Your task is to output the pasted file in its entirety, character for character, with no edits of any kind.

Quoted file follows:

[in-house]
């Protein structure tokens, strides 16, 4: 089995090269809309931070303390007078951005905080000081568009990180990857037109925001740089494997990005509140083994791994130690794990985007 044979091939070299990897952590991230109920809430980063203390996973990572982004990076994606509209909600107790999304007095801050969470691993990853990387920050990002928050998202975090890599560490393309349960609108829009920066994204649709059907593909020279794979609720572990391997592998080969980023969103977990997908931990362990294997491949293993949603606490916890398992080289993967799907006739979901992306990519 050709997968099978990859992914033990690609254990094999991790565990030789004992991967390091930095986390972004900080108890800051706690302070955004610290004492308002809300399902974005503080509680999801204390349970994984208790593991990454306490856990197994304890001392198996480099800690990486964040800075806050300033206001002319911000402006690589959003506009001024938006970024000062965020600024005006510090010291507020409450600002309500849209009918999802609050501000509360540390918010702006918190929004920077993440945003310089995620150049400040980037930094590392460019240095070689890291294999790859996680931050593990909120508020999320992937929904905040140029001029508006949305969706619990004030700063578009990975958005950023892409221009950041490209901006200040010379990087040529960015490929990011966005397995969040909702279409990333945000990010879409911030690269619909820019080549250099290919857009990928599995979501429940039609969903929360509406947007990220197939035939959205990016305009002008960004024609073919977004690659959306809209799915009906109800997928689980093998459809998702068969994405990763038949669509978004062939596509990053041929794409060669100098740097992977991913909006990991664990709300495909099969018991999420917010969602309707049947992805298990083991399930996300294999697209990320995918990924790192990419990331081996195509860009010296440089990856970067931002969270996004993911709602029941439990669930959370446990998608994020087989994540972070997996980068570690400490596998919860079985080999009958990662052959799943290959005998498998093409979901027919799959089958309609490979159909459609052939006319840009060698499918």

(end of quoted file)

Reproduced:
[in-house]
């Protein structure tokens, strides 16, 4: 089995090269809309931070303390007078951005905080000081568009990180990857037109925001740089494997990005509140083994791994130690794990985007 044979091939070299990897952590991230109920809430980063203390996973990572982004990076994606509209909600107790999304007095801050969470691993990853990387920050990002928050998202975090890599560490393309349960609108829009920066994204649709059907593909020279794979609720572990391997592998080969980023969103977990997908931990362990294997491949293993949603606490916890398992080289993967799907006739979901992306990519 050709997968099978990859992914033990690609254990094999991790565990030789004992991967390091930095986390972004900080108890800051706690302070955004610290004492308002809300399902974005503080509680999801204390349970994984208790593991990454306490856990197994304890001392198996480099800690990486964040800075806050300033206001002319911000402006690589959003506009001024938006970024000062965020600024005006510090010291507020409450600002309500849209009918999802609050501000509360540390918010702006918190929004920077993440945003310089995620150049400040980037930094590392460019240095070689890291294999790859996680931050593990909120508020999320992937929904905040140029001029508006949305969706619990004030700063578009990975958005950023892409221009950041490209901006200040010379990087040529960015490929990011966005397995969040909702279409990333945000990010879409911030690269619909820019080549250099290919857009990928599995979501429940039609969903929360509406947007990220197939035939959205990016305009002008960004024609073919977004690659959306809209799915009906109800997928689980093998459809998702068969994405990763038949669509978004062939596509990053041929794409060669100098740097992977991913909006990991664990709300495909099969018991999420917010969602309707049947992805298990083991399930996300294999697209990320995918990924790192990419990331081996195509860009010296440089990856970067931002969270996004993911709602029941439990669930959370446990998608994020087989994540972070997996980068570690400490596998919860079985080999009958990662052959799943290959005998498998093409979901027919799959089958309609490979159909459609052939006319840009060698499918």